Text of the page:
By Justine Carlson
When engaging in interfaith dialogue, there are important steps that one takes in order for it to be respectful and purposeful. There are a couple of guides and practices that work for certain groups, and other approaches that work for others. Two books that are helpful when initiating an interfaith dialogue is Interfaith Leadership: A Primer by Eboo Patel and God is Not One by Stephen Prothero. These books cover two components of interfaith dialogue that can be very helpful; learning the basic backgrounds of the religions/worldviews that are present in the conversation, and taking the knowledge and experiences and translating it into interfaith leadership.
What perspectives must a person take in such dialogues?
Those entering an interfaith dialogue must be aware of the biases and prejudices that each of us carries and are embedded in us, whether we know it or not. Everyone participating in the dialogue will most likely not have the same background as you or anyone else in the room, so taking a look at each person’s identity beyond their religious identity is extremely important. For example, recognizing that someone may be muslin, a woman, and a liberal is obviously going to have a different perspective than the reformed-Jewish man. Each piece of our identity comes into play in interfaith dialogues.
What techniques go into interfaith dialogues?
There are no set techniques or approaches to interfaith dialogue, other than having an open mind and allowing yourself to learn something new. Interfaith dialogues can have a set agenda of specific topics that may be covered, or they can be fluid and topics may vary within the conversation. One important point to remember is depending on the size of the dialogue, is allowing for everyone present in the dialogue to be given the opportunity to share. Another important technique to remember is using “I” statements. One cannot speak on behalf of an entire religion or worldview, so it is advised to speak on personal experiences.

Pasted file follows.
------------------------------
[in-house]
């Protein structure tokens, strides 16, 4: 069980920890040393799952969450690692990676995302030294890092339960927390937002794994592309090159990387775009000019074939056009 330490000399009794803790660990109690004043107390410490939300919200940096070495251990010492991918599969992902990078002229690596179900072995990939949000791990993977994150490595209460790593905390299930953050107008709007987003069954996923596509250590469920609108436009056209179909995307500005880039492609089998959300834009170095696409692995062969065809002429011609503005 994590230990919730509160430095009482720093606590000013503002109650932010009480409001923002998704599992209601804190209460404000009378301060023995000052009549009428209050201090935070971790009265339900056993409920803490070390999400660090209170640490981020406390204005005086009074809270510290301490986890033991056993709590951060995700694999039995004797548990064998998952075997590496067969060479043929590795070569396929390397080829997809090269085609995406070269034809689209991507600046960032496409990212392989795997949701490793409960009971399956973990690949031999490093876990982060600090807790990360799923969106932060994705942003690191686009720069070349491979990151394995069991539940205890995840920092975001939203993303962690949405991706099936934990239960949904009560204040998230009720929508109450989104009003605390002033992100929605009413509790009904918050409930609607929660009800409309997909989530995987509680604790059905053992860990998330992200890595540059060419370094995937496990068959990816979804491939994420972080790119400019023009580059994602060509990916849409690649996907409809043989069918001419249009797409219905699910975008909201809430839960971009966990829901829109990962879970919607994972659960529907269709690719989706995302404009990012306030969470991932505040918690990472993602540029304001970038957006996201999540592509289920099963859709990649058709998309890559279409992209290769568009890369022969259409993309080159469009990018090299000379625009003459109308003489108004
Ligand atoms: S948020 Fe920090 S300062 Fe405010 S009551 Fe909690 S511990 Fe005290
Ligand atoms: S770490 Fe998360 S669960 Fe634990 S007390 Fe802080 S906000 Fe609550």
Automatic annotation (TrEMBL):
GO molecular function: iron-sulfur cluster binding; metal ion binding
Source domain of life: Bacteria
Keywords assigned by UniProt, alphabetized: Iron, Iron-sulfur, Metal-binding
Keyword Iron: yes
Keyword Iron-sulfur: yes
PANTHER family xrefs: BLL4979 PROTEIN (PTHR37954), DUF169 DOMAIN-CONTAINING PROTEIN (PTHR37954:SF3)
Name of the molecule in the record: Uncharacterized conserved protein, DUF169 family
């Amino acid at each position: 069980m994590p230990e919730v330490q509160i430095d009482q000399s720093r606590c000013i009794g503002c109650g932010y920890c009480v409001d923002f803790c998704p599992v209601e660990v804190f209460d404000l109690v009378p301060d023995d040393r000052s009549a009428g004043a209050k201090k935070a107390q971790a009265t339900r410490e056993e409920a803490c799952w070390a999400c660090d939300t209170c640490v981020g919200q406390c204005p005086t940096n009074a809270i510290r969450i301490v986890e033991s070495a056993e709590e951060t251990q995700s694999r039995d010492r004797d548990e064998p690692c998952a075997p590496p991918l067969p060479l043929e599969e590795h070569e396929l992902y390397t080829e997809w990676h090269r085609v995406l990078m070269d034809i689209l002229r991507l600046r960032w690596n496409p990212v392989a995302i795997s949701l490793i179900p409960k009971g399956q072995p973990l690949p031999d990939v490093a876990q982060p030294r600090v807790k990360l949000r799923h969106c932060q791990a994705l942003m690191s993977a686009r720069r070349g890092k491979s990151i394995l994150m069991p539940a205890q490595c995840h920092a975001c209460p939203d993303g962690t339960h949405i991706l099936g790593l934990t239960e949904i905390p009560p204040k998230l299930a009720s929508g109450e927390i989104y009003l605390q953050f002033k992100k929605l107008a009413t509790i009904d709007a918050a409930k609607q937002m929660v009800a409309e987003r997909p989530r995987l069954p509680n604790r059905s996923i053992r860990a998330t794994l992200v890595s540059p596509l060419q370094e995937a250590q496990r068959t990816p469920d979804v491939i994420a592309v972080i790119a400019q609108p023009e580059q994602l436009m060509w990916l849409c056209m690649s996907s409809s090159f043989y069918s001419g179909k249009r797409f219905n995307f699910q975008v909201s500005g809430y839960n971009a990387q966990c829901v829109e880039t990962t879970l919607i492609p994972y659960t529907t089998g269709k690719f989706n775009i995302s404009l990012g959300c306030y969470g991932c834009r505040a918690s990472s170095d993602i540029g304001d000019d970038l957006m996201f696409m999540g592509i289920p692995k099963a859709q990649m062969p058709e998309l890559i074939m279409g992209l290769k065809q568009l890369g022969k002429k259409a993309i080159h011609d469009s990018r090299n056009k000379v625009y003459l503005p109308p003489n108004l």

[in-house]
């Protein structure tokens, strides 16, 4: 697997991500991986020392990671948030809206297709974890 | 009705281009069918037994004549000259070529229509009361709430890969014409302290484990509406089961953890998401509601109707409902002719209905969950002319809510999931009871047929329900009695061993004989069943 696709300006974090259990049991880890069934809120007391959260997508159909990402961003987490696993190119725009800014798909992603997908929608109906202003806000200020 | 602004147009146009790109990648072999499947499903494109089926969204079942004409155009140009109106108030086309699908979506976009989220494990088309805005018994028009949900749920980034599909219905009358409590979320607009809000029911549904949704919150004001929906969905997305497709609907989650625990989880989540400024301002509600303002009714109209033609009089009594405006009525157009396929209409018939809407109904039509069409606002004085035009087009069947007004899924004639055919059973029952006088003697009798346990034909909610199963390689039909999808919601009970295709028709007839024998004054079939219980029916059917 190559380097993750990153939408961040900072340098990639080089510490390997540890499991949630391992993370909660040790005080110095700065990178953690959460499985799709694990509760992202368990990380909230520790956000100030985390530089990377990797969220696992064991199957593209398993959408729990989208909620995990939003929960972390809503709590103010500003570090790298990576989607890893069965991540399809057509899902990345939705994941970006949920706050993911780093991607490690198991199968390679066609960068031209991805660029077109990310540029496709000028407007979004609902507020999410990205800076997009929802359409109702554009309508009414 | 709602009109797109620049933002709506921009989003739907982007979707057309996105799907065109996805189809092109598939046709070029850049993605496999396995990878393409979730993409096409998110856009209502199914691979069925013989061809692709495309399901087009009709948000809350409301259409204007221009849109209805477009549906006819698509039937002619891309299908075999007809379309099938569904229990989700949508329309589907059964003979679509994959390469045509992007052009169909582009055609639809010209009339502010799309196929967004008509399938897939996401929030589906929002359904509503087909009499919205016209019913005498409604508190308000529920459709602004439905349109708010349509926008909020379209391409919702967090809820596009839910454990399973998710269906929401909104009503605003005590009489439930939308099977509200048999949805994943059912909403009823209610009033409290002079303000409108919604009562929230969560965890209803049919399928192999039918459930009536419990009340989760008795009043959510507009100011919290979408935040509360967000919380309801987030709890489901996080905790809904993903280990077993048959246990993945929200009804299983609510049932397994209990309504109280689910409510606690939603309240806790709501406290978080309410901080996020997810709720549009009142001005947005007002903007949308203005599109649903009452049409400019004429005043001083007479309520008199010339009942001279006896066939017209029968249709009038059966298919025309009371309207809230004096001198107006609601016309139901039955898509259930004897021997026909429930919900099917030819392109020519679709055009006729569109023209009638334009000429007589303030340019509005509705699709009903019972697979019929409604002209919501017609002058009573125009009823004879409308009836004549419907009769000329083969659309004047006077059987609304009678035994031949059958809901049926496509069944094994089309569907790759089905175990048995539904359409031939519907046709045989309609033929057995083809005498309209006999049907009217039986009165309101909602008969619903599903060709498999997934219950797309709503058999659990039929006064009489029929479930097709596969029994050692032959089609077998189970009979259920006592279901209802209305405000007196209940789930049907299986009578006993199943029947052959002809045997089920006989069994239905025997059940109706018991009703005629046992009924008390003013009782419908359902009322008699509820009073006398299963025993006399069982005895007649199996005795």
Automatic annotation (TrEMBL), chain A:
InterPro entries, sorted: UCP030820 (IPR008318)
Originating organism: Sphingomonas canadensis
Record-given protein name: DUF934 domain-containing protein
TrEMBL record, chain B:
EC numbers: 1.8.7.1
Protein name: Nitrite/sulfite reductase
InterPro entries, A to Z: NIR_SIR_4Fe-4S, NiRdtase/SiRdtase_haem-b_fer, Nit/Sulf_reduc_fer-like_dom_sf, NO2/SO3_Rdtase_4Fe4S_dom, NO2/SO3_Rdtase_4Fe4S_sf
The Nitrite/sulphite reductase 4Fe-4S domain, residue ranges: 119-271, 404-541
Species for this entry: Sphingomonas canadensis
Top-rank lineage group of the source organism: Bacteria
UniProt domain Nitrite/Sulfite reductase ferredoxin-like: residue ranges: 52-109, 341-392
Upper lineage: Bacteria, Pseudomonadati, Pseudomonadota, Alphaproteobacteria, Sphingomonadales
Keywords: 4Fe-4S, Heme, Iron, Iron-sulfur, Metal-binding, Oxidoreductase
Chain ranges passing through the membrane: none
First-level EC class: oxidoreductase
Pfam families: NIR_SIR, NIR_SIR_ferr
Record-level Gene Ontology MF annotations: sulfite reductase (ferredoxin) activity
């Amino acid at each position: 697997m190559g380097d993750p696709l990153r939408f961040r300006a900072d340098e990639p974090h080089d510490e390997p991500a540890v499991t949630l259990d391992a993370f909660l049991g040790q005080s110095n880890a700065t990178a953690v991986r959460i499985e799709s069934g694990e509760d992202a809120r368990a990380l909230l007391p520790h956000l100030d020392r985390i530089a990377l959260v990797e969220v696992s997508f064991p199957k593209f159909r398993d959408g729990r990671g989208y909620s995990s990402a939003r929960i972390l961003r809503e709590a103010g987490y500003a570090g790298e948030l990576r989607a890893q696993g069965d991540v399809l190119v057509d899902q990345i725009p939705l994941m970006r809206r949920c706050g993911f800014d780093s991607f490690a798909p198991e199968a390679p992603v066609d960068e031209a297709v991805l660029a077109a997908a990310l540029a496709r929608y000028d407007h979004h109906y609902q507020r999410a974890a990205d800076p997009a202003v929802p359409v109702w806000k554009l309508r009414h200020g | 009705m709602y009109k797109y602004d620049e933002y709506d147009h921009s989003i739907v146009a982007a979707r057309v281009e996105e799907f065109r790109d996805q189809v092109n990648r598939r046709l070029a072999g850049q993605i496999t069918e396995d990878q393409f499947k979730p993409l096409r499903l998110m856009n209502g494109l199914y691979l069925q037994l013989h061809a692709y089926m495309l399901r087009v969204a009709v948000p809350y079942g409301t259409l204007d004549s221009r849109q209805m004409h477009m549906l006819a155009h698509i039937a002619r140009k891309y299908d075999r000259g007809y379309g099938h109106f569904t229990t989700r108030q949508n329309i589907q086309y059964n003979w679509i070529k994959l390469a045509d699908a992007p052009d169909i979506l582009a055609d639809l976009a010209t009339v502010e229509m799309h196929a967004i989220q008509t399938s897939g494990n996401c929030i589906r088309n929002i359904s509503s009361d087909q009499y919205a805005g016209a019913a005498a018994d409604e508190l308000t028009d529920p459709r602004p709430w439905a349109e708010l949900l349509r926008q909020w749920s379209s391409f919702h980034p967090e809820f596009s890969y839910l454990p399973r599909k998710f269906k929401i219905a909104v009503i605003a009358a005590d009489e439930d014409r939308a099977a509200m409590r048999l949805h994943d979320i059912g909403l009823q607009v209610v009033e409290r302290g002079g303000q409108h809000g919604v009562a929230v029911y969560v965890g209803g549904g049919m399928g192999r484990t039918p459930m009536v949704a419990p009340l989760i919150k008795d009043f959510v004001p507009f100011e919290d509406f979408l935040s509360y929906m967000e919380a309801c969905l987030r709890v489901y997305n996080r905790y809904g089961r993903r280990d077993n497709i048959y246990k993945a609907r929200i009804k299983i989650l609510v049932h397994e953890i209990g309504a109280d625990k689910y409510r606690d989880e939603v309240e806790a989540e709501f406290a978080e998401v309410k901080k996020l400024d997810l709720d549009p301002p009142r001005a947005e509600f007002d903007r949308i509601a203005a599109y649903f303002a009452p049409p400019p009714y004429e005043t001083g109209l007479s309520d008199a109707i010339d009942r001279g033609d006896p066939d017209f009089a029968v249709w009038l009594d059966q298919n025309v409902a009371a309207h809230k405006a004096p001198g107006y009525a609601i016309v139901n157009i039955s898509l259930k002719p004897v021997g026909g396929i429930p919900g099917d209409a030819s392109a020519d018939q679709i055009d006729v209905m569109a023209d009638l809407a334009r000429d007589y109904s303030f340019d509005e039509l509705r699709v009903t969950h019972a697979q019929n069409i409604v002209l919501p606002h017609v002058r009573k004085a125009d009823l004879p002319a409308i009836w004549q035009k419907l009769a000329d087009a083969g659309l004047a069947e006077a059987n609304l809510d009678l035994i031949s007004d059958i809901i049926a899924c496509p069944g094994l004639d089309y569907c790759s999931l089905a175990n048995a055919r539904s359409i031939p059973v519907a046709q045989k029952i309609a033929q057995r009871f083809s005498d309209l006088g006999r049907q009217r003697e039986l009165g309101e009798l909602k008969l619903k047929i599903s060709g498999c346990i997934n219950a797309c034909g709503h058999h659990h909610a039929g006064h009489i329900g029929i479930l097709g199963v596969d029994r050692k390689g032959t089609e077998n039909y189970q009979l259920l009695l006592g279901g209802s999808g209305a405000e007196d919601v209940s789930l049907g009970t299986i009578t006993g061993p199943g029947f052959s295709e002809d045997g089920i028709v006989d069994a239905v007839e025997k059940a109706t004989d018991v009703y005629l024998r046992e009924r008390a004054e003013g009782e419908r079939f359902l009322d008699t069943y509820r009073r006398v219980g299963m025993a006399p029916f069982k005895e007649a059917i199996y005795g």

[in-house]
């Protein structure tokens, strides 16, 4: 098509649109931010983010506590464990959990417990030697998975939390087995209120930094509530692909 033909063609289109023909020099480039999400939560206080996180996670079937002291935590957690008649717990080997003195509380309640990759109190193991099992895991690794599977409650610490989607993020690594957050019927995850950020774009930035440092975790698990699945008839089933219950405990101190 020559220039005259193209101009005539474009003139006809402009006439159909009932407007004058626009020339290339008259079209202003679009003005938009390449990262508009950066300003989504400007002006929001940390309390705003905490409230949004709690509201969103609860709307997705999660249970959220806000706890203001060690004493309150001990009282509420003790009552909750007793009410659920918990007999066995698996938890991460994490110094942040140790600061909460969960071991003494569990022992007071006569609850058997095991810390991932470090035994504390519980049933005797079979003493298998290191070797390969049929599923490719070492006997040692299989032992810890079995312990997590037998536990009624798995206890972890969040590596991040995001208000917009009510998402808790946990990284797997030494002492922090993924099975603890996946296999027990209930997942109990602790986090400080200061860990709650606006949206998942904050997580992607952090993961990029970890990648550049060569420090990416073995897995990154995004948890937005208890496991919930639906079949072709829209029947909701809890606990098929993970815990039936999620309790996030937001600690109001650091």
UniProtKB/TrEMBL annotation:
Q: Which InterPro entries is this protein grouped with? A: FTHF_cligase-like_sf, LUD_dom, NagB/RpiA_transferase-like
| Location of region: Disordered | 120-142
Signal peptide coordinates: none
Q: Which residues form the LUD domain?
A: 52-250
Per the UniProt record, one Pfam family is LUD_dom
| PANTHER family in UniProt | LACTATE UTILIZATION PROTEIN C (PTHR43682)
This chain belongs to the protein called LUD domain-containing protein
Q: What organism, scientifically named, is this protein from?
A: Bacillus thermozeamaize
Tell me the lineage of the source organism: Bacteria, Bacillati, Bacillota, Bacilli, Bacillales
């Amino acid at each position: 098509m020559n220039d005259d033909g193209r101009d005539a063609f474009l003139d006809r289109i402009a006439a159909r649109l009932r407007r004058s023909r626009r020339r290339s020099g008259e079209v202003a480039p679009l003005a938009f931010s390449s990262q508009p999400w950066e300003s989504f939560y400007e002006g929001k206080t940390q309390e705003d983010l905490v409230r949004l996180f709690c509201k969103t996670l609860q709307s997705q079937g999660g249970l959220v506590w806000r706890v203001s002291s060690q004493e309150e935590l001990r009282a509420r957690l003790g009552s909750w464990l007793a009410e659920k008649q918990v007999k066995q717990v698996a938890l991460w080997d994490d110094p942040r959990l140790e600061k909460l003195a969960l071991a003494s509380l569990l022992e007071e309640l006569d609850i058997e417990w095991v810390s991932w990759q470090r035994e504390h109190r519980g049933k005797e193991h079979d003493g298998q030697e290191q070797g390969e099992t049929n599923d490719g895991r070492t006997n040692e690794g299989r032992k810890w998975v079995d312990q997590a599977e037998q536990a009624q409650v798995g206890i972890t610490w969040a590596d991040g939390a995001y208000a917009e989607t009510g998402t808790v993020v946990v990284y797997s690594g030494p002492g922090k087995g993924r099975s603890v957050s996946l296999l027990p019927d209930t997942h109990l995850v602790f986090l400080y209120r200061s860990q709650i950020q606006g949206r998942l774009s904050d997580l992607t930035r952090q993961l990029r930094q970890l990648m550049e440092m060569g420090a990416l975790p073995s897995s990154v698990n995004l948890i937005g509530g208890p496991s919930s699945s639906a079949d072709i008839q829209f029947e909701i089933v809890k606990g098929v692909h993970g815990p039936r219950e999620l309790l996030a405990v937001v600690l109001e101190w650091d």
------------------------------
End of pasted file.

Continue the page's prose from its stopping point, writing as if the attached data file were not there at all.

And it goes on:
What can be accomplished from interfaith dialogues?
Interfaith dialogues can have multiple purposes. One accomplishment could be that several religious groups are working together to solve a larger social issue (example: environmental justice) Another accomplishment could be tearing down stereotypes and assumptions about a particular religious group. Often times it is when having a personal conversation with someone that does not share a similar worldview or religious background as you can foster the best learning exchanges.
Interfaith Dialogue from a Personal Perspective?
Being involved in interfaith work for a couple of years now has opened up so many doors for me that I didn’t know were possible. I met some of the intelligent and inspiring leaders that are peers and friends of mine through interfaith dialogues. I have learned more about faith traditions from these personal encounters through dialogue, and they were much more fruitful than just reading about a particular religion. Interfaith dialogue is one step in hoping to create a more just and peaceful world.